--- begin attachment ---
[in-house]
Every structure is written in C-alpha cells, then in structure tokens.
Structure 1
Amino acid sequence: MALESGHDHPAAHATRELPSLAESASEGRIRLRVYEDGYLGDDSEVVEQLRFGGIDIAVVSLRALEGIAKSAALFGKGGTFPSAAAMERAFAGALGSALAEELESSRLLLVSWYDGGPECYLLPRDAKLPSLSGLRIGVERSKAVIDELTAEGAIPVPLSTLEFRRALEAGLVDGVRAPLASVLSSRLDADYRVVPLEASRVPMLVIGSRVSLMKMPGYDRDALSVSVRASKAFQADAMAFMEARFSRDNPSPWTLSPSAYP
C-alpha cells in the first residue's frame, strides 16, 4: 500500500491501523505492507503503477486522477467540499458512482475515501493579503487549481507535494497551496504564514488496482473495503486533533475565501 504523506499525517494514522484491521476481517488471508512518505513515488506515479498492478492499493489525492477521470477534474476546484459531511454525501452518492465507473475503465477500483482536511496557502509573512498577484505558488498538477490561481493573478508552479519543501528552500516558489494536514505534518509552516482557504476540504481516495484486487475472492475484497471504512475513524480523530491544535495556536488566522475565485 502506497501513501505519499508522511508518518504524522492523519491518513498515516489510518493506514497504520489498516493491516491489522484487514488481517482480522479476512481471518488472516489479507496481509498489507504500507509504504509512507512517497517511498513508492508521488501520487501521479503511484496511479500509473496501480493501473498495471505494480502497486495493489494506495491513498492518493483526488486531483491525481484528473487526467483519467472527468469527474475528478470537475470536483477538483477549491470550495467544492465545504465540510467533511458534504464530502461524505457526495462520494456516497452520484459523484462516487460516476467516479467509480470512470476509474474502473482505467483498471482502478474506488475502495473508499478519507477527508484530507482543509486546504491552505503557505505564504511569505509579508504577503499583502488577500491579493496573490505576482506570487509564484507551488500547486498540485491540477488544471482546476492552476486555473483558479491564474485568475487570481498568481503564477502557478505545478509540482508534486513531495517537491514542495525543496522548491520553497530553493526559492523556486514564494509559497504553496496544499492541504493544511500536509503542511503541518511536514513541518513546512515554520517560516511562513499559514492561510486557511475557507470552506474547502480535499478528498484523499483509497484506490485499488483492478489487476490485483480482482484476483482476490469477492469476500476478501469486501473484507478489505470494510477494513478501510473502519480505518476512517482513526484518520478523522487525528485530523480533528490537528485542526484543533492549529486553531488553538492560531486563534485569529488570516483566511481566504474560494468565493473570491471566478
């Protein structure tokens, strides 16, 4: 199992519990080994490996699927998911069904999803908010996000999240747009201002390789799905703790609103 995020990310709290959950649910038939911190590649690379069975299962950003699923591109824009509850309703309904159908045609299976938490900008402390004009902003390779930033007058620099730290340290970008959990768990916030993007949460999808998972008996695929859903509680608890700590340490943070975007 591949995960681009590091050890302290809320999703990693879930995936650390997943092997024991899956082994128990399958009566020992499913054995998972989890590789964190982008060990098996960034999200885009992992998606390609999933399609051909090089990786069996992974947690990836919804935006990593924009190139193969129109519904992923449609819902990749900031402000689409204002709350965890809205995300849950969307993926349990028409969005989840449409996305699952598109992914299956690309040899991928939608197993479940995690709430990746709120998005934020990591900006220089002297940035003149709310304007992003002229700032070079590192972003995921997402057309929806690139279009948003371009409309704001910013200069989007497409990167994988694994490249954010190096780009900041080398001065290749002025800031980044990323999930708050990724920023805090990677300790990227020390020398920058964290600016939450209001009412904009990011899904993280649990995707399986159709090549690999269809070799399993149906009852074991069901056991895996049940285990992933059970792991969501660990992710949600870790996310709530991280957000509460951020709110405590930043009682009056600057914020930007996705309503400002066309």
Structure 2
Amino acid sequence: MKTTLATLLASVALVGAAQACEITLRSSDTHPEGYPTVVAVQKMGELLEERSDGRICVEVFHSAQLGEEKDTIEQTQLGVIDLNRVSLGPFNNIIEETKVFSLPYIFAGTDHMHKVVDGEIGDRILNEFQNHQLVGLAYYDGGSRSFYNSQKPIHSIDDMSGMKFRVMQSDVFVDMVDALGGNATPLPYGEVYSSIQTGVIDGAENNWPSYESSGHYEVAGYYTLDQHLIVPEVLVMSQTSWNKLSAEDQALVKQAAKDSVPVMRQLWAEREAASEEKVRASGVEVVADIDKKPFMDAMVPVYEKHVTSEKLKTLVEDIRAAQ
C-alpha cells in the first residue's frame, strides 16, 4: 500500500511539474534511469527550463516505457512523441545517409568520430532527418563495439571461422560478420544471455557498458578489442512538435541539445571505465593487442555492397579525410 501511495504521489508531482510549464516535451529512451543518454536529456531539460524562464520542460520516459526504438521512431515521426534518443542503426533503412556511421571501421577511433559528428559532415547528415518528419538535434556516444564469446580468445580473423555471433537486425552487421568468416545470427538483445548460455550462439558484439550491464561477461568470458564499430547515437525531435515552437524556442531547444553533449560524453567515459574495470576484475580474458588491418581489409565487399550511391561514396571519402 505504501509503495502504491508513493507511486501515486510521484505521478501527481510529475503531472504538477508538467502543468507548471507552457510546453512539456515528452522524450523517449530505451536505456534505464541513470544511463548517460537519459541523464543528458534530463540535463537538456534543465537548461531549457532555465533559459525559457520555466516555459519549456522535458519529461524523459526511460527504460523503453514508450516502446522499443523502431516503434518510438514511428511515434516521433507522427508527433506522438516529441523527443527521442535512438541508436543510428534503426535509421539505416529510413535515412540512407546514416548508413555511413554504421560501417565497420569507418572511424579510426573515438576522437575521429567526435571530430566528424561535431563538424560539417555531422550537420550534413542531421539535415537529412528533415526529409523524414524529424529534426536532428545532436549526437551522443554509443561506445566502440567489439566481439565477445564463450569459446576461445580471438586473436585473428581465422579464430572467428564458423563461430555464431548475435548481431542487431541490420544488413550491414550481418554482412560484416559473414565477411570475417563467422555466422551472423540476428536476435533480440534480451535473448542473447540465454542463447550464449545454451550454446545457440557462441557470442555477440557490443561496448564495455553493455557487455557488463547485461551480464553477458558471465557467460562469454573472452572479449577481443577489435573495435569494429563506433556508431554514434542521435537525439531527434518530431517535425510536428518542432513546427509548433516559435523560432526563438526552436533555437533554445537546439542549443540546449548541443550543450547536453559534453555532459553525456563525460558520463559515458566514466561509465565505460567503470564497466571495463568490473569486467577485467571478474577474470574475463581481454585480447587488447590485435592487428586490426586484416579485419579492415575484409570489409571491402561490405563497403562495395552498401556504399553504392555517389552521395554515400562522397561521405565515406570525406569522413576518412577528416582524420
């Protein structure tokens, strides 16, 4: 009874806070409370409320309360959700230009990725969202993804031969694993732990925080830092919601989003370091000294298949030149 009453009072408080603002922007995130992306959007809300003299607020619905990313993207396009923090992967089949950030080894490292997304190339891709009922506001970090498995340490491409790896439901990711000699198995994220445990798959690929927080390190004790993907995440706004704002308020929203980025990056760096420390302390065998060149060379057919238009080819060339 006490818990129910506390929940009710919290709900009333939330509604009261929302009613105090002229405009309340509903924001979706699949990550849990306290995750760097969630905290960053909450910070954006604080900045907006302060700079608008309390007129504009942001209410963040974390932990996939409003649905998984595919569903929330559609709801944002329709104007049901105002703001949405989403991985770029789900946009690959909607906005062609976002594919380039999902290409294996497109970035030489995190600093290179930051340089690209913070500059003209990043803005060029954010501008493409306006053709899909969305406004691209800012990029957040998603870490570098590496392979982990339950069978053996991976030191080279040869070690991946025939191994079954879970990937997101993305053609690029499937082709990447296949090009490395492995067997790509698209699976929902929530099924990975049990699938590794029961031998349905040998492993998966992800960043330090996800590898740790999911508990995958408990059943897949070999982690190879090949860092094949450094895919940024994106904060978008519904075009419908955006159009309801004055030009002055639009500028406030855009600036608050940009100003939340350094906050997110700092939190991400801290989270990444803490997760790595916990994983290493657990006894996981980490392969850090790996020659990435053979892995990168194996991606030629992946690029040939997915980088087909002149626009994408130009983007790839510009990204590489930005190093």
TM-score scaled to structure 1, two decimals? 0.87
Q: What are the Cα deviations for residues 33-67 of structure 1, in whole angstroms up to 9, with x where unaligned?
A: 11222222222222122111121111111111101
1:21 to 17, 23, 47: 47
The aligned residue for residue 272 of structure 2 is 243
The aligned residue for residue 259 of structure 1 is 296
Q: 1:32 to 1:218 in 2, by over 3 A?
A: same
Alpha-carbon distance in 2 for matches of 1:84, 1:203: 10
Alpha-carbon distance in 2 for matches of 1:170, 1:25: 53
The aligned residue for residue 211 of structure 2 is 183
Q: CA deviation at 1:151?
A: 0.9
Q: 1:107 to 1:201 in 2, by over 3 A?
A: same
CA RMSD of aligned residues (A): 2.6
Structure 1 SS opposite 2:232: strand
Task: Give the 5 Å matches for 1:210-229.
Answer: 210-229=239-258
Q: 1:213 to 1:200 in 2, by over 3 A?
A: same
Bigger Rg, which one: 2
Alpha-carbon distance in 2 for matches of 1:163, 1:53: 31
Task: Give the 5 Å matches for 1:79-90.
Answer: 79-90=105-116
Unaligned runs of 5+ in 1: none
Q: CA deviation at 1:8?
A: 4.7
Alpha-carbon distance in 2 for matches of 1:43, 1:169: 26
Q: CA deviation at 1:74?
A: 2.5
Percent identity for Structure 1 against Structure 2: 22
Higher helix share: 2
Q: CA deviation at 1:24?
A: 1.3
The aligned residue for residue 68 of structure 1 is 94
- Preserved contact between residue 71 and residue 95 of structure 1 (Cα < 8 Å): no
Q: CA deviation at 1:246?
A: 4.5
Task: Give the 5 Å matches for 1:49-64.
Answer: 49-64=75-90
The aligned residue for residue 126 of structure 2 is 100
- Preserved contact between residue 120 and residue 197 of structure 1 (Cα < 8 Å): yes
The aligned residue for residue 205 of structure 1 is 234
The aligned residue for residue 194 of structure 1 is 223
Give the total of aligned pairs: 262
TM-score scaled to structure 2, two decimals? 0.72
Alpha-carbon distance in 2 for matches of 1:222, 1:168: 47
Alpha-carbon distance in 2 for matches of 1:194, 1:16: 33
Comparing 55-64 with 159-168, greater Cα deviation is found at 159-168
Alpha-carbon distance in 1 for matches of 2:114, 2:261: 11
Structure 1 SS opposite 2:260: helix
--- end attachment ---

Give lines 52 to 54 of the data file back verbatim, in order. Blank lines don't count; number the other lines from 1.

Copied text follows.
The aligned residue for residue 126 of structure 2 is 100
- Preserved contact between residue 120 and residue 197 of structure 1 (Cα < 8 Å): yes
The aligned residue for residue 205 of structure 1 is 234